The parent company of P&O Ferries is receiving £550m from the shrunken UK aid budget to expand ports in Africa despite its on-the-spot sacking of 800 workers, sparking fresh anger in parliament.
MPs are demanding an explanation for the huge funding sum – accusing the government of putting commercial investments ahead of “tackling extreme poverty”, as many other aid projects are axed.
It is also an “inappropriate” use of aid cash because DP World, the Dubai-based parent firm, could find a private partner to develop the ports, the chair of the Commons international development committee is alleging.
“It pains me to think of what more that £500m could achieve for global health, women’s education or tackling extreme poverty,” Sarah Champion said.
Navendu Mishra, a committee member, attacked the sum being “pumped into a disreputable employer” when the 800 workers were “treated in a disgraceful way”.
In the wake of the P&O scandal, ministers pledged to review all DP World contracts, but the committee was told it was too late to stop the £550m being handed over.
Furthermore, the head of the finance arm behind a growing slice of UK aid spending vowed to make the same investment again, regardless of the P&O mass sackings, hailing its “enormous” potential.
The controversy comes after the government admitted it cannot prosecute P&O, despite its confession that it deliberately broke UK law and despite Boris Johnson vowing the firm would be “taken to court”.
It also lifts the lid on the activities of the aid finance arm, called the CDC Group, which has previously been accused of backing “projects with only the most tenuous relation to poverty reduction”.
A coalition of charities has attacked its looming name change to British International Investment (BII), arguing it lays bare a new focus “solely on private sector investment and profit making”.
“Increased funding for BII will lead to damaging reductions in other grant-based areas of UK aid spending, already cut by over £4bn this year,” said a protest letter signed by Christian Aid and Global Justice Now.
CDC Group is taking a minority stake in a $1.7bn (£1.29bn) joint venture with DP World, investing an initial $320m and a further $400m into the ports in Egypt, Senegal and Somaliland – worth £550m in total.
Even as the aid budget shrinks, the group’s share of it has risen to around £780m, as part of a shift to building “economic partnerships”, the foreign secretary Liz Truss has said.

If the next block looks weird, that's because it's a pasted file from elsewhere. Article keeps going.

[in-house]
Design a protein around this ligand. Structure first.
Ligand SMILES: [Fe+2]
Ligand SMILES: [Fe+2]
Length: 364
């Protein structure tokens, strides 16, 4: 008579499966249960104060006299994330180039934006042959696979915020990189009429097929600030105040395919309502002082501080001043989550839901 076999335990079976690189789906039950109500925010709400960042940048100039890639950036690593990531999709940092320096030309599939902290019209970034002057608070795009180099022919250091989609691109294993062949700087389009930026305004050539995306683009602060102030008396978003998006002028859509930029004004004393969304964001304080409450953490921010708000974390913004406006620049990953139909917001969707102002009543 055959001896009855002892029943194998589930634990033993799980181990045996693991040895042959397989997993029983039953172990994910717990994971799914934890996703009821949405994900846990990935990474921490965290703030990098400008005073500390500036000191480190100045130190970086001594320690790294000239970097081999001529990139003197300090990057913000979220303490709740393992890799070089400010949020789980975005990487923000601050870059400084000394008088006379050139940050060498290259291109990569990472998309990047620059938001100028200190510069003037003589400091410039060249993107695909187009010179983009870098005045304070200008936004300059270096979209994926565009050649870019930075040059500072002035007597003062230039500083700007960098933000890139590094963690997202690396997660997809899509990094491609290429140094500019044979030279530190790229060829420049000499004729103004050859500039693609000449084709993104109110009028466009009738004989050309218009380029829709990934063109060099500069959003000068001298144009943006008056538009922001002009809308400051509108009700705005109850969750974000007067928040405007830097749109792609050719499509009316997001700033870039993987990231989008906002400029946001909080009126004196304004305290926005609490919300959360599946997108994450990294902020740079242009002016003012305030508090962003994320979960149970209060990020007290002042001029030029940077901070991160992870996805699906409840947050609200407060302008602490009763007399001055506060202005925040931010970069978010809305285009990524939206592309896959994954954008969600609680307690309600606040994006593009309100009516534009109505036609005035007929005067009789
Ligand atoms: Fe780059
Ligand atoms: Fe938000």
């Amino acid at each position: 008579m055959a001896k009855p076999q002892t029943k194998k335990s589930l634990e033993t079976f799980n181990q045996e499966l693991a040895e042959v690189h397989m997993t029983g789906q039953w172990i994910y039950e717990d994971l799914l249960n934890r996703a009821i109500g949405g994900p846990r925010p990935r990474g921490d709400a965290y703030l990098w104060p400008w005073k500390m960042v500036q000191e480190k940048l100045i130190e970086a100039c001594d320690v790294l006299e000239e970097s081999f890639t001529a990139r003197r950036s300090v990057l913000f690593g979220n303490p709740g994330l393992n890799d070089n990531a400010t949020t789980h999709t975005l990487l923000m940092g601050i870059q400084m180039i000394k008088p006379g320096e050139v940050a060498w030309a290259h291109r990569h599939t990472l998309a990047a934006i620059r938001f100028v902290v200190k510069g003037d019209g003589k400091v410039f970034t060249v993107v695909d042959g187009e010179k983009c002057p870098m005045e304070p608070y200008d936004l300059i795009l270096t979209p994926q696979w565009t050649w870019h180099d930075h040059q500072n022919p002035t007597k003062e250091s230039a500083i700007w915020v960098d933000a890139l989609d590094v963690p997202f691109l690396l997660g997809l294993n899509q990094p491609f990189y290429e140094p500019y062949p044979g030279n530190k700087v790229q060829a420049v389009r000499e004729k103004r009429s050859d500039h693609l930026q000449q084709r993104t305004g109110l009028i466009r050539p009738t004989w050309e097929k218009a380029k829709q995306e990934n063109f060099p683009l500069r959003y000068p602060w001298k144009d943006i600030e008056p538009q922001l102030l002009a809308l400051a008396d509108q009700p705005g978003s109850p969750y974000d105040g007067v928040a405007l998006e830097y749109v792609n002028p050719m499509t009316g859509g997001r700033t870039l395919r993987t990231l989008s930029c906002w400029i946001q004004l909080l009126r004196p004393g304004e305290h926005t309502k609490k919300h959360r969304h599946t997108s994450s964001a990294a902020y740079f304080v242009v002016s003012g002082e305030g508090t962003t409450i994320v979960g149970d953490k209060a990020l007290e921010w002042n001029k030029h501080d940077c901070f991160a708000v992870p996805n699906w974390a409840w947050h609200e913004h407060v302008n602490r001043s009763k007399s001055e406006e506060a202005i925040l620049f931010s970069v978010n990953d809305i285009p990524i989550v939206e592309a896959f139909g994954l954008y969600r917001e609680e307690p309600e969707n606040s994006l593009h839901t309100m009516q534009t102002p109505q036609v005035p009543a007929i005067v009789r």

Ms Champion criticized the funding for ports expansion because DP World could “find other investors”, adding: “Our aid should be used as a last resort.
“The UK government is condemning the actions of DP World whilst its development finance arm is using hundreds of millions of pounds of taxpayers’ money to support a joint venture with them.
“It needs to send a clear and consistent message that these sorts of employment practices are unacceptable – and businesses that use them will certainly not be supported wherever they operate in the world.”
But a defiant Nick O’Donohoe, CDC’s chief executive – asked if the group would make the same investment, with the knowledge of P&O’s sackings – told the committee: “Yes.”
Calling the benefits “enormous”, he said: “The impact case is an overwhelming one here, the difference that this will make to people’s lives in these countries.”
Mr O’Donohoe argued it would have been “very difficult” for the firm to find other private cash, adding: “There are not a lot of commercial investors who are prepared to invest in Somaliland.”
And he insisted DP World must follow international social and environmental standards set by the World Bank, telling the MPs: “They are contractually obliged to follow that.”
But, sitting alongside him, Caroline Read, the Foreign Office’s director of economic cooperation, was unable to spell out how the firm would be held to account.
Asked how anyone could “believe what DP World said when they are quite comfortable to break British law”, she admitted the government could only “assume they will live up to those standards”.
Ministers have also refused to stop the firm running the London Gateway freeport – an investment described as “exciting” by transport secretary Grant Shapps when he met DP World chiefs in Dubai late last year.